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Multiple FileTypes

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  • trindade.joao
    Hi, First of all, I apologize if the question is repeated. I ve searched in the mailing list and haven t found any post relating to this issue. I can t
    Message 1 of 2 , Aug 15 4:01 PM
    • 0 Attachment
      Hi,

      First of all, I apologize if the question is repeated. I've searched
      in the mailing list and haven't found any post relating to this issue.

      I can't correctly use taglist if the filetype variable is set multiple
      filetypes.

      In my case my python files have two filetypes:

      :set filetype
      filetype=python.django

      I'm using the "dot" to separate the filetypes as is explained in the
      vim manual:

      "
      When a dot appears in the value then this separates two filetype
      names. Example:
      /* vim: set filetype=c.doxygen : */ ~
      "

      If I change the filetype only to python, everything works ok.

      Is there anyway to correct this (without changing the filetype)? I've
      tried to extend taglist to recognize a new language (python.django)
      but the dot isn't legal in the variable:

      tlist_python.django_settings = "......."

      Any other suggestion?

      Thanks for the attention and thanks for the great work done with taglist!
    • jceb81
      Hi, I ran into the very same problem. The problem lies in taglist. It actually looks for the variable you defined - with the dot within the variable s name.
      Message 2 of 2 , May 2, 2010
      • 0 Attachment
        Hi,

        I ran into the very same problem. The problem lies in taglist. It actually looks for the variable you defined - with the dot within the variable's name. The function Tlist_Get_Buffer_Filetype should fix this issue by either offering a proper name for multiple filetypes, i.e. replace dot by underscore -> tlist_python_django_settings, or just using the first filetype.

        I decided to implement the latter because it seems to me that the 2nd, 3rd ... filetypes are just extensions that don't matter for taglist.


        Index: vim/.vim/plugin/taglist.vim
        ===================================================================
        --- vim.orig/.vim/plugin/taglist.vim 2010-05-02 14:18:45.000000000 +0200
        +++ vim/.vim/plugin/taglist.vim 2010-05-02 14:30:38.000000000 +0200
        @@ -981,7 +981,11 @@
        " Tlist_Get_Buffer_Filetype
        " Get the filetype for the specified buffer
        function! s:Tlist_Get_Buffer_Filetype(bnum)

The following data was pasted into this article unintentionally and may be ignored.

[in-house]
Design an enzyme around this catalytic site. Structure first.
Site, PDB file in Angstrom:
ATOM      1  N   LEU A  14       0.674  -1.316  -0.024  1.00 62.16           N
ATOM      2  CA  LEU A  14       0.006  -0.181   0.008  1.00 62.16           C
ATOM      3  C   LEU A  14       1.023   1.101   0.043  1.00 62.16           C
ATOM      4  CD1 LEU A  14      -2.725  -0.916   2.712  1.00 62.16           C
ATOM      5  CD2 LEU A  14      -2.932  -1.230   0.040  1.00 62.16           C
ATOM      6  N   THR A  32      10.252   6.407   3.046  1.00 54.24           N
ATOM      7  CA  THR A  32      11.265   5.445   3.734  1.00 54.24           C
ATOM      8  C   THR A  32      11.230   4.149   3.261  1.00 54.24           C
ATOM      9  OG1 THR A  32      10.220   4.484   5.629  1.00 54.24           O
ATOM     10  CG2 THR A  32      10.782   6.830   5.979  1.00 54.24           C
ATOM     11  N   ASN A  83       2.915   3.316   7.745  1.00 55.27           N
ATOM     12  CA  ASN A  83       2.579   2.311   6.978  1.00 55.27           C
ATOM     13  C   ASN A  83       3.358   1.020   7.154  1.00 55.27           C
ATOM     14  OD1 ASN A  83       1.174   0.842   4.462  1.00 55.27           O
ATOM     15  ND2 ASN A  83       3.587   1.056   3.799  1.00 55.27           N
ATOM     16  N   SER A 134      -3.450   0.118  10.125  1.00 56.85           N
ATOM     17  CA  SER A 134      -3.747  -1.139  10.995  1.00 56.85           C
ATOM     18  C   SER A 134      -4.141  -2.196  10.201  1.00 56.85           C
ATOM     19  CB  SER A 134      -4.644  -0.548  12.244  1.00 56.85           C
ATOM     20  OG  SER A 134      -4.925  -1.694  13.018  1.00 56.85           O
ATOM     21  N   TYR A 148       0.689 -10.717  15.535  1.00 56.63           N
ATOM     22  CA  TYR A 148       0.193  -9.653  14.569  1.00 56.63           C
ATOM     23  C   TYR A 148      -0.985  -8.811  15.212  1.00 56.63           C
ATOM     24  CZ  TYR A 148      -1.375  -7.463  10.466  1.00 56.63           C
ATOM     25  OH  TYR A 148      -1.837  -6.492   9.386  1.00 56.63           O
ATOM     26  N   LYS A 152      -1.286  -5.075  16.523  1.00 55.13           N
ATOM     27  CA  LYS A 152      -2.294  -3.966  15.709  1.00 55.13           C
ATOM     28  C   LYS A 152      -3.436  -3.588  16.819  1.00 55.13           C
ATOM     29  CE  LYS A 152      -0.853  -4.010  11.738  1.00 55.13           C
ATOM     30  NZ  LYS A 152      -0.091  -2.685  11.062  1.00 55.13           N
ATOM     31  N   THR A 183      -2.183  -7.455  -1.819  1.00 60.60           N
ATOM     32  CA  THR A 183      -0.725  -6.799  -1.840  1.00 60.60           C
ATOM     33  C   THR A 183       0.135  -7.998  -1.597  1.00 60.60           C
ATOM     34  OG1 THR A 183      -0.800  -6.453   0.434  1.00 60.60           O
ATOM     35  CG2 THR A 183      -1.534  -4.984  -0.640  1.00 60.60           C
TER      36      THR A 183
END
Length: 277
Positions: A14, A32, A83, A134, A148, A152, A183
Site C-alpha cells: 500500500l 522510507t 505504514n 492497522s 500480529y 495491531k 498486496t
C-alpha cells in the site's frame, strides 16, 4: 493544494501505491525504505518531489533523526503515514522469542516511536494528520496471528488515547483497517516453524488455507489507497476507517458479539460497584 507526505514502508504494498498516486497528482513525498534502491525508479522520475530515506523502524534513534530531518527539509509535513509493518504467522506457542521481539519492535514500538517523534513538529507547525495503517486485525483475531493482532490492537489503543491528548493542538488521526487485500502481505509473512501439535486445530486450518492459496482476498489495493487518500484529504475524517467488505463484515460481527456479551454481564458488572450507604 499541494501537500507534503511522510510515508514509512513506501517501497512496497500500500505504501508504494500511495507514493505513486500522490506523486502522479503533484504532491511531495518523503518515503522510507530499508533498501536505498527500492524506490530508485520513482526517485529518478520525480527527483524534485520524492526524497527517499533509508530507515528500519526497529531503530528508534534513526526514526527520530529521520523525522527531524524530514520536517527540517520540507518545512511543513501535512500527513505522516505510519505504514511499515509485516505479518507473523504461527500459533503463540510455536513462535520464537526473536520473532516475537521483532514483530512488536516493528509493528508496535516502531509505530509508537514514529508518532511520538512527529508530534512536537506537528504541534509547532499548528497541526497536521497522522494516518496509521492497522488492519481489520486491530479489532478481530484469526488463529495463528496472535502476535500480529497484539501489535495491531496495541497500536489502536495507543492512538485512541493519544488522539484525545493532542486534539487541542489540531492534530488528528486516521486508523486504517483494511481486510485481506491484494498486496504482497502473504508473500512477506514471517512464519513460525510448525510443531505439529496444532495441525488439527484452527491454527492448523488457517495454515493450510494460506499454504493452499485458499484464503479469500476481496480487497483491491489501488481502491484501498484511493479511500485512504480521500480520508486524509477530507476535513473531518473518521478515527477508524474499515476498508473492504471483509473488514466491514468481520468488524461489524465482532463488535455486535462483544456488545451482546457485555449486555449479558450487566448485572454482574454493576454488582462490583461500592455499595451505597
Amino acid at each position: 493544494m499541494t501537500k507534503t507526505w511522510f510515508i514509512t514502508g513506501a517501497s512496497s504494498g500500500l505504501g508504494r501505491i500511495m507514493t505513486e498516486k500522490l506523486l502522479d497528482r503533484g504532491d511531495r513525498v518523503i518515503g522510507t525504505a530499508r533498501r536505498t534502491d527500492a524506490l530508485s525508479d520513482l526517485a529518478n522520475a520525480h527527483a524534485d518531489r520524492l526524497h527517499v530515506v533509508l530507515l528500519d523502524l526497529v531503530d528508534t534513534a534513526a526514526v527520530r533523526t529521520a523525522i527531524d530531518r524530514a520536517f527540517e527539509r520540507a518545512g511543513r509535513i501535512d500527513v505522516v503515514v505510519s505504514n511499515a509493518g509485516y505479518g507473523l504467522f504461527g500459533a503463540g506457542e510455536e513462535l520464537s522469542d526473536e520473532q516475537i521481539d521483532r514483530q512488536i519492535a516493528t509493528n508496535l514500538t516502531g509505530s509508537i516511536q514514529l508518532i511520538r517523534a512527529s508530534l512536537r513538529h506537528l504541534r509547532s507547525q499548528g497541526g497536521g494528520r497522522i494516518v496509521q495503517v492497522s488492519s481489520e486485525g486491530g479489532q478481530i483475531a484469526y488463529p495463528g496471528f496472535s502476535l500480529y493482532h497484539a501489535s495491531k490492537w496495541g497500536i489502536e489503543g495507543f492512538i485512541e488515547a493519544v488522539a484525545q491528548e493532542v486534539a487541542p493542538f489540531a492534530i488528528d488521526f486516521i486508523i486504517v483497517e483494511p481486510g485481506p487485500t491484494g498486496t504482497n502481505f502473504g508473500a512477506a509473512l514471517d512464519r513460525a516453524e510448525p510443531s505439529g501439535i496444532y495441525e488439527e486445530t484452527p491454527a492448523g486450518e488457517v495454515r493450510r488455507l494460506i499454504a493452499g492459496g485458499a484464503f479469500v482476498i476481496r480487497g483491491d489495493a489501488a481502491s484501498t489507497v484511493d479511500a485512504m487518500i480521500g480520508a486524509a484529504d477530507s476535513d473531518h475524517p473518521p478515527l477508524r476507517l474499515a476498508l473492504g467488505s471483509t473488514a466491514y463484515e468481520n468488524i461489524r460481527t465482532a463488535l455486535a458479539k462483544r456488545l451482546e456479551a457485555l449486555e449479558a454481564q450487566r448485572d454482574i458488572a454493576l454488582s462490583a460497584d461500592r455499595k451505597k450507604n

- let buf_ft = getbufvar(a:bnum, '&filetype')
        + let buf_fts = split(getbufvar(a:bnum, '&filetype'), '\.')
        + if len(buf_fts) == 0
        + let buf_fts[0] = ''
        + endif
        + let buf_ft = buf_fts[0]

        if bufloaded(a:bnum)
        " For loaded buffers, the 'filetype' is already determined

        Greetings,

        Jan Christoph

        --- In taglist@yahoogroups.com, "trindade.joao" <trindade.joao@...> wrote:
        >
        > Hi,
        >
        > First of all, I apologize if the question is repeated. I've searched
        > in the mailing list and haven't found any post relating to this issue.
        >
        > I can't correctly use taglist if the filetype variable is set multiple
        > filetypes.
        >
        > In my case my python files have two filetypes:
        >
        > :set filetype
        > filetype=python.django
        >
        > I'm using the "dot" to separate the filetypes as is explained in the
        > vim manual:
        >
        > "
        > When a dot appears in the value then this separates two filetype
        > names. Example:
        > /* vim: set filetype=c.doxygen : */ ~
        > "
        >
        > If I change the filetype only to python, everything works ok.
        >
        > Is there anyway to correct this (without changing the filetype)? I've
        > tried to extend taglist to recognize a new language (python.django)
        > but the dot isn't legal in the variable:
        >
        > tlist_python.django_settings = "......."
        >
        > Any other suggestion?
        >
        > Thanks for the attention and thanks for the great work done with taglist!
        >
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